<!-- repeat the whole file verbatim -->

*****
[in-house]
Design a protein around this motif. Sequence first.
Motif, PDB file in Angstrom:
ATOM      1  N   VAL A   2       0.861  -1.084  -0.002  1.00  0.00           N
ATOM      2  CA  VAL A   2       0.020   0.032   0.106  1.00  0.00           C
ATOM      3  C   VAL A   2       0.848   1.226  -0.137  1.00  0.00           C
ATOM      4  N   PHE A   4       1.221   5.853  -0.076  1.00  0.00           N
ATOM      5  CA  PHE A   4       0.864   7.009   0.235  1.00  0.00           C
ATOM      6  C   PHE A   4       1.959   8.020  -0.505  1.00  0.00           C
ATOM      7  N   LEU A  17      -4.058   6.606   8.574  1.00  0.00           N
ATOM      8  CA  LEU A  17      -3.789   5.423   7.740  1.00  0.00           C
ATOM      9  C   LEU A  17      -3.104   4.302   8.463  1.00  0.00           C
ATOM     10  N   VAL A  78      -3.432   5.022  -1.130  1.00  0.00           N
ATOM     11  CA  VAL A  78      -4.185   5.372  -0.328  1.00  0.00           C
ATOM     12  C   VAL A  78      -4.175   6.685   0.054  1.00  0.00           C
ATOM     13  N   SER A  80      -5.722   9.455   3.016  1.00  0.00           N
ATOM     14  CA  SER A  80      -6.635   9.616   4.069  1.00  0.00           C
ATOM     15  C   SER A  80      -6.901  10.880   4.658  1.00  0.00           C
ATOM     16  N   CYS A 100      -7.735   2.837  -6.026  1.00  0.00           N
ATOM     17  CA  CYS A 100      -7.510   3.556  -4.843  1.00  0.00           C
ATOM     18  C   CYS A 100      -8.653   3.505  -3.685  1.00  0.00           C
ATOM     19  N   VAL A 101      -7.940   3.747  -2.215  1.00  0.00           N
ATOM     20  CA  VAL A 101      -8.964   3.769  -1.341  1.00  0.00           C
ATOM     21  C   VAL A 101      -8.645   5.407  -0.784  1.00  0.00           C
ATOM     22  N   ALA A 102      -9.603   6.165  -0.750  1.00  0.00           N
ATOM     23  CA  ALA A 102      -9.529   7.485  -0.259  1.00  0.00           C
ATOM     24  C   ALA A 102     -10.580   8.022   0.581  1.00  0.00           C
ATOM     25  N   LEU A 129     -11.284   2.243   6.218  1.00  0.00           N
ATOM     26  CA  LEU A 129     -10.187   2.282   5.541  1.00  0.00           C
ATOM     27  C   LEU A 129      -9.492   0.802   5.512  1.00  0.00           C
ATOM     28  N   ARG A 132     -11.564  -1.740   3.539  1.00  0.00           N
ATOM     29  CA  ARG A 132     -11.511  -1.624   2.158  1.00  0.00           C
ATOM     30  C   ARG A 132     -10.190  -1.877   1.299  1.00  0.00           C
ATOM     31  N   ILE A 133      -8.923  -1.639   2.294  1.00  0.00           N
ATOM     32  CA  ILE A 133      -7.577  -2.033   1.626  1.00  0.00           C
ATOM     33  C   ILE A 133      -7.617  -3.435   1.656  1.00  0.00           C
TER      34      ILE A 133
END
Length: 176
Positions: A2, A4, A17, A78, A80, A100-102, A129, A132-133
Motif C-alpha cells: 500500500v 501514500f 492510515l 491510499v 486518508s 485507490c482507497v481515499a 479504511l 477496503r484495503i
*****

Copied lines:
[in-house]
Design a protein around this motif. Sequence first.
Motif, PDB file in Angstrom:
ATOM      1  N   VAL A   2       0.861  -1.084  -0.002  1.00  0.00           N
ATOM      2  CA  VAL A   2       0.020   0.032   0.106  1.00  0.00           C
ATOM      3  C   VAL A   2       0.848   1.226  -0.137  1.00  0.00           C
ATOM      4  N   PHE A   4       1.221   5.853  -0.076  1.00  0.00           N
ATOM      5  CA  PHE A   4       0.864   7.009   0.235  1.00  0.00           C
ATOM      6  C   PHE A   4       1.959   8.020  -0.505  1.00  0.00           C
ATOM      7  N   LEU A  17      -4.058   6.606   8.574  1.00  0.00           N
ATOM      8  CA  LEU A  17      -3.789   5.423   7.740  1.00  0.00           C
ATOM      9  C   LEU A  17      -3.104   4.302   8.463  1.00  0.00           C
ATOM     10  N   VAL A  78      -3.432   5.022  -1.130  1.00  0.00           N
ATOM     11  CA  VAL A  78      -4.185   5.372  -0.328  1.00  0.00           C
ATOM     12  C   VAL A  78      -4.175   6.685   0.054  1.00  0.00           C
ATOM     13  N   SER A  80      -5.722   9.455   3.016  1.00  0.00           N
ATOM     14  CA  SER A  80      -6.635   9.616   4.069  1.00  0.00           C
ATOM     15  C   SER A  80      -6.901  10.880   4.658  1.00  0.00           C
ATOM     16  N   CYS A 100      -7.735   2.837  -6.026  1.00  0.00           N
ATOM     17  CA  CYS A 100      -7.510   3.556  -4.843  1.00  0.00           C
ATOM     18  C   CYS A 100      -8.653   3.505  -3.685  1.00  0.00           C
ATOM     19  N   VAL A 101      -7.940   3.747  -2.215  1.00  0.00           N
ATOM     20  CA  VAL A 101      -8.964   3.769  -1.341  1.00  0.00           C
ATOM     21  C   VAL A 101      -8.645   5.407  -0.784  1.00  0.00           C
ATOM     22  N   ALA A 102      -9.603   6.165  -0.750  1.00  0.00           N
ATOM     23  CA  ALA A 102      -9.529   7.485  -0.259  1.00  0.00           C
ATOM     24  C   ALA A 102     -10.580   8.022   0.581  1.00  0.00           C
ATOM     25  N   LEU A 129     -11.284   2.243   6.218  1.00  0.00           N
ATOM     26  CA  LEU A 129     -10.187   2.282   5.541  1.00  0.00           C
ATOM     27  C   LEU A 129      -9.492   0.802   5.512  1.00  0.00           C
ATOM     28  N   ARG A 132     -11.564  -1.740   3.539  1.00  0.00           N
ATOM     29  CA  ARG A 132     -11.511  -1.624   2.158  1.00  0.00           C
ATOM     30  C   ARG A 132     -10.190  -1.877   1.299  1.00  0.00           C
ATOM     31  N   ILE A 133      -8.923  -1.639   2.294  1.00  0.00           N
ATOM     32  CA  ILE A 133      -7.577  -2.033   1.626  1.00  0.00           C
ATOM     33  C   ILE A 133      -7.617  -3.435   1.656  1.00  0.00           C
TER      34      ILE A 133
END
Length: 176
Positions: A2, A4, A17, A78, A80, A100-102, A129, A132-133
Motif C-alpha cells: 500500500v 501514500f 492510515l 491510499v 486518508s 485507490c482507497v481515499a 479504511l 477496503r484495503i